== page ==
Darts: Three each
There are loads of games that can be played on the dart board and here is another. I put together this game after viewing the Grand National horse race at a local pub some time ago.
Many of the pub punters had a small flutter on the gee gees and a few drinks to go with it. The dart board was being occupied but only by punters that could play reasonably well. So I thought with a big gathering that we had it would be a good idea to gain a few more converts to a wonderful sport of darts.
This game is based on the horse race the Grand National and over the years it has developed a bit so here are the basic rules that I suggest are played by a novice player followed by a revised version for the more experienced dart thrower.
The Grand National is probably the World's most known horse race. The race twice around the circuit jumping fences. The first home the winner! The trouble is most fall!
The basic darts game based on the Grand National is very easy to play and a varying degree of difficulty can be added. The basic game for the novice ‘new’ to darts follows this very basic format.
Each player has 3 darts and the object is to travel around the dartboard anticlockwise starting at 20, then 5 and then 12 etc. Each segment is known as a hurdle. In the novice game you must hit at least one segment with each turn (3 darts) i.e. start at 20 you must hit it, if not you fall at the hurdle and are out of the game. Hitting 20 you move to the next segment and so on first around and back to 20 wins!
The rules here for the novice are very simple and after a few drinks you won’t be surprised to see a few full during the race.
For a competent dart player this will be a very easy and probably not that inspiring as I would expect each segment to be hit with a single dart. So here is a slightly harder version.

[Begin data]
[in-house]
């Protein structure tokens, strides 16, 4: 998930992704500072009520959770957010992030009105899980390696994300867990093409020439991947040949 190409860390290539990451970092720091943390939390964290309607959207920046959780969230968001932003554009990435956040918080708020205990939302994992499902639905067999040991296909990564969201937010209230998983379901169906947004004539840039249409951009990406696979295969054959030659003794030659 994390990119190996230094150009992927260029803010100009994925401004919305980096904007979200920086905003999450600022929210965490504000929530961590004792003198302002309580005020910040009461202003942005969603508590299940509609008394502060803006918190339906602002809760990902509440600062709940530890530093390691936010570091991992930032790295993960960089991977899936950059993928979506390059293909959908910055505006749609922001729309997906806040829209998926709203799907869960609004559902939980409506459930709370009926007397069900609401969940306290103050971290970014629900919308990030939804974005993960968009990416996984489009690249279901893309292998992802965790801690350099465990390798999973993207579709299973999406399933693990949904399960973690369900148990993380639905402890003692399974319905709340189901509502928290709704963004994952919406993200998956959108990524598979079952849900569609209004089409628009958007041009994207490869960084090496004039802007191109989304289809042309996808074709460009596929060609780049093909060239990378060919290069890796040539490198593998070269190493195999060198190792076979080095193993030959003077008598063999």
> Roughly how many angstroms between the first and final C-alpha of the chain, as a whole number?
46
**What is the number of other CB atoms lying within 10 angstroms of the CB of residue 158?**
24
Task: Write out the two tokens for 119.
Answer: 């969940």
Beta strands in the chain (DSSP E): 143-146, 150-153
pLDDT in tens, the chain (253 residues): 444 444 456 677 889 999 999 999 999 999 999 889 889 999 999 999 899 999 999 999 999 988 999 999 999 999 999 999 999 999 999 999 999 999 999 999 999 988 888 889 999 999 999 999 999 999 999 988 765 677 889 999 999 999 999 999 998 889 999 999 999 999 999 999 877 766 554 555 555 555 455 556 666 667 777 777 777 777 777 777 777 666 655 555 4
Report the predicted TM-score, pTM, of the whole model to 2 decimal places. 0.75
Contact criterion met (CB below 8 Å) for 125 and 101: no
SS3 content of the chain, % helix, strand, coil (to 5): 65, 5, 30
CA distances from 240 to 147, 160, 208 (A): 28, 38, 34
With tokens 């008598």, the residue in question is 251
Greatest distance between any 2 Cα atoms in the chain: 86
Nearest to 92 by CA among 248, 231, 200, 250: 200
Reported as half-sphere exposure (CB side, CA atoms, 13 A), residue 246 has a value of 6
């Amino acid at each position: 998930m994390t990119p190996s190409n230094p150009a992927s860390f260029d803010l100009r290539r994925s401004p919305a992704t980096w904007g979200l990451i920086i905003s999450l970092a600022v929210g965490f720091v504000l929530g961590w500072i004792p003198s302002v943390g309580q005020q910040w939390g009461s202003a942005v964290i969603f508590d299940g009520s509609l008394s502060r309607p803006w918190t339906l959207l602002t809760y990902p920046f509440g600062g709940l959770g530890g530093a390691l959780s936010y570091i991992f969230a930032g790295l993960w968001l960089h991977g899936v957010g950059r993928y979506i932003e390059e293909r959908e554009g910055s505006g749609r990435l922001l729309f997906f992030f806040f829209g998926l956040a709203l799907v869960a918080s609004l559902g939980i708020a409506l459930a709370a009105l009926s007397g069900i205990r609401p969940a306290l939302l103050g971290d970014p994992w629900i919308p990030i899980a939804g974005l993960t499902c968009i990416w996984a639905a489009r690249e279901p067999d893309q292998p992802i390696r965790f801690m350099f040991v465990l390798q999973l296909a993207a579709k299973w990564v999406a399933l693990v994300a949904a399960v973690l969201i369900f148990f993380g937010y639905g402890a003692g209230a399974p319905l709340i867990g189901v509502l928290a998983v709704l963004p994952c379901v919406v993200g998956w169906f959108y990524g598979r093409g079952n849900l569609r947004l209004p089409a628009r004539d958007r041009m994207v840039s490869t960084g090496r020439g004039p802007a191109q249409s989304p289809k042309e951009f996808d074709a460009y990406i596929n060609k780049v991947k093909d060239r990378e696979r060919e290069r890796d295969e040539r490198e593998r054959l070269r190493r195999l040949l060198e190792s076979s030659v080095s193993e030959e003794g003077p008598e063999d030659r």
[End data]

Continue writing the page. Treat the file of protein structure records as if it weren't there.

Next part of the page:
For the more experience player the Grand National is played in the following way. Again the objective is to travel anticlockwise around the board twice but this time you start at the large 5 segment (the light segment) of the board you then have to move around the board hitting each alternative large segment number i.e. 5 then 9 followed by 11 unit you reach 1. The second time around the board you must hit the small segment of the 5 and the small segments of each alternative number and then a final Bull / 25 that represents the finishing post. The players here also have three lives but you can vary this to suit the ability of the players. Here a life is lost if you miss the segment with a single dart. The winner is the first to travel round the board twice or the furthest travelled.
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Darts is a sport enjoyed by all regardless of age or gender. People play for fun while others take this sport very seriously. The ’01 game is the most common followed by ‘Cricket’ I call it American Cricket because it has no refence to wickets, bats, balls or runs. Shanghai probably rate third as most commonly played dart games around the world. However, there a lot of games for you to enjoy. Some are designed for the not so skilled while others do require a lot of skill to play well. A larger list of games and rules is availble on the main Darts501.com website
301, 501, 701, 1,001 Games
Some of the games that feature on this website have been designed purely for inclusion solely on my websites. I have created most of the other games, and credit is given if others, i.e. tennis, have supplied the game. Some of the games have been played as far back as the early 1900s. However, you may find some regional variations to the rules I have published.
Designed for my websites: 180 Around the Clock, Chase the Dragon, Grand National, plus Tennis supplied by Richard Cotterill and Keith Block. Please do not reproduce these games on your own website. If you like the games, I feature then, by all means, place a link to this page.
Should you supply a game for inclusion, and if it is accepted, a credit will be given to you as per the game tennis.
If you have copied any ‘Designed for my website games’ and placed them on your website without gaining permission, please remove them. Thank you.